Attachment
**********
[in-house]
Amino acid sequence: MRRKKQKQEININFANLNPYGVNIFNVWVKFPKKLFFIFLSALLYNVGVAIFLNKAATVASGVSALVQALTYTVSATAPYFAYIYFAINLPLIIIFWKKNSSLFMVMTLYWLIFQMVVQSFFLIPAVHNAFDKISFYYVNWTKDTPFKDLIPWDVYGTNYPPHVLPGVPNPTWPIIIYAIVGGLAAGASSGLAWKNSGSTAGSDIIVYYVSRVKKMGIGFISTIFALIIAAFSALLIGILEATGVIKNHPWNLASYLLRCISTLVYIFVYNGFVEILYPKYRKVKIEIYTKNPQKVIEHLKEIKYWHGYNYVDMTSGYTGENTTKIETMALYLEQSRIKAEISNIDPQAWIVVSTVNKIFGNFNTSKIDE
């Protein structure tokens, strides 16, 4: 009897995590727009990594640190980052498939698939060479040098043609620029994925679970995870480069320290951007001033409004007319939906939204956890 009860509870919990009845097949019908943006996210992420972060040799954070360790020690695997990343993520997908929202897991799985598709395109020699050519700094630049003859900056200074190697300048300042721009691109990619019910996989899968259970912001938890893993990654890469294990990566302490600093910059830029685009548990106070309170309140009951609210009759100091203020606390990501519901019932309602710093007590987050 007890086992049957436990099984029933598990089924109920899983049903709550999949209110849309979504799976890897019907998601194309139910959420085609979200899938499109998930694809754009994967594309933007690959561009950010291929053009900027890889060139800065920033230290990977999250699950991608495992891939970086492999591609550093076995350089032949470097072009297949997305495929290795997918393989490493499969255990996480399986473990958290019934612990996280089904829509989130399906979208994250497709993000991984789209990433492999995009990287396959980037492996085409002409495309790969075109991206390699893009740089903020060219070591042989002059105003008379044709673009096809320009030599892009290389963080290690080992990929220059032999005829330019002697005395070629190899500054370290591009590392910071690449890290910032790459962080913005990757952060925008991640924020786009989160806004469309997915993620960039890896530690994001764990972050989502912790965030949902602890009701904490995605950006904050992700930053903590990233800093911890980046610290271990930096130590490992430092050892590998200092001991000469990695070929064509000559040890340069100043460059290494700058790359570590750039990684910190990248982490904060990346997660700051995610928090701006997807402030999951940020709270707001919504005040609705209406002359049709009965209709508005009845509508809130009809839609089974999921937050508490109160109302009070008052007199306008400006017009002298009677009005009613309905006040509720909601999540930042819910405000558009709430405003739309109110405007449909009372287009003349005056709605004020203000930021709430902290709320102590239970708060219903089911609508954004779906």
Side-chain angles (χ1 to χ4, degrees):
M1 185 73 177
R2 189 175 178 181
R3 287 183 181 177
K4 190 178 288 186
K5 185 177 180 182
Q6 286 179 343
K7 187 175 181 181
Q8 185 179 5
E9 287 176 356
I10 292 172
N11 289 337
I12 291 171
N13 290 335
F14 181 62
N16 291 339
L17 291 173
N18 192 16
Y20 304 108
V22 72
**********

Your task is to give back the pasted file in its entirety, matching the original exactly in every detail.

[in-house]
Amino acid sequence: MRRKKQKQEININFANLNPYGVNIFNVWVKFPKKLFFIFLSALLYNVGVAIFLNKAATVASGVSALVQALTYTVSATAPYFAYIYFAINLPLIIIFWKKNSSLFMVMTLYWLIFQMVVQSFFLIPAVHNAFDKISFYYVNWTKDTPFKDLIPWDVYGTNYPPHVLPGVPNPTWPIIIYAIVGGLAAGASSGLAWKNSGSTAGSDIIVYYVSRVKKMGIGFISTIFALIIAAFSALLIGILEATGVIKNHPWNLASYLLRCISTLVYIFVYNGFVEILYPKYRKVKIEIYTKNPQKVIEHLKEIKYWHGYNYVDMTSGYTGENTTKIETMALYLEQSRIKAEISNIDPQAWIVVSTVNKIFGNFNTSKIDE
């Protein structure tokens, strides 16, 4: 009897995590727009990594640190980052498939698939060479040098043609620029994925679970995870480069320290951007001033409004007319939906939204956890 009860509870919990009845097949019908943006996210992420972060040799954070360790020690695997990343993520997908929202897991799985598709395109020699050519700094630049003859900056200074190697300048300042721009691109990619019910996989899968259970912001938890893993990654890469294990990566302490600093910059830029685009548990106070309170309140009951609210009759100091203020606390990501519901019932309602710093007590987050 007890086992049957436990099984029933598990089924109920899983049903709550999949209110849309979504799976890897019907998601194309139910959420085609979200899938499109998930694809754009994967594309933007690959561009950010291929053009900027890889060139800065920033230290990977999250699950991608495992891939970086492999591609550093076995350089032949470097072009297949997305495929290795997918393989490493499969255990996480399986473990958290019934612990996280089904829509989130399906979208994250497709993000991984789209990433492999995009990287396959980037492996085409002409495309790969075109991206390699893009740089903020060219070591042989002059105003008379044709673009096809320009030599892009290389963080290690080992990929220059032999005829330019002697005395070629190899500054370290591009590392910071690449890290910032790459962080913005990757952060925008991640924020786009989160806004469309997915993620960039890896530690994001764990972050989502912790965030949902602890009701904490995605950006904050992700930053903590990233800093911890980046610290271990930096130590490992430092050892590998200092001991000469990695070929064509000559040890340069100043460059290494700058790359570590750039990684910190990248982490904060990346997660700051995610928090701006997807402030999951940020709270707001919504005040609705209406002359049709009965209709508005009845509508809130009809839609089974999921937050508490109160109302009070008052007199306008400006017009002298009677009005009613309905006040509720909601999540930042819910405000558009709430405003739309109110405007449909009372287009003349005056709605004020203000930021709430902290709320102590239970708060219903089911609508954004779906």
Side-chain angles (χ1 to χ4, degrees):
M1 185 73 177
R2 189 175 178 181
R3 287 183 181 177
K4 190 178 288 186
K5 185 177 180 182
Q6 286 179 343
K7 187 175 181 181
Q8 185 179 5
E9 287 176 356
I10 292 172
N11 289 337
I12 291 171
N13 290 335
F14 181 62
N16 291 339
L17 291 173
N18 192 16
Y20 304 108
V22 72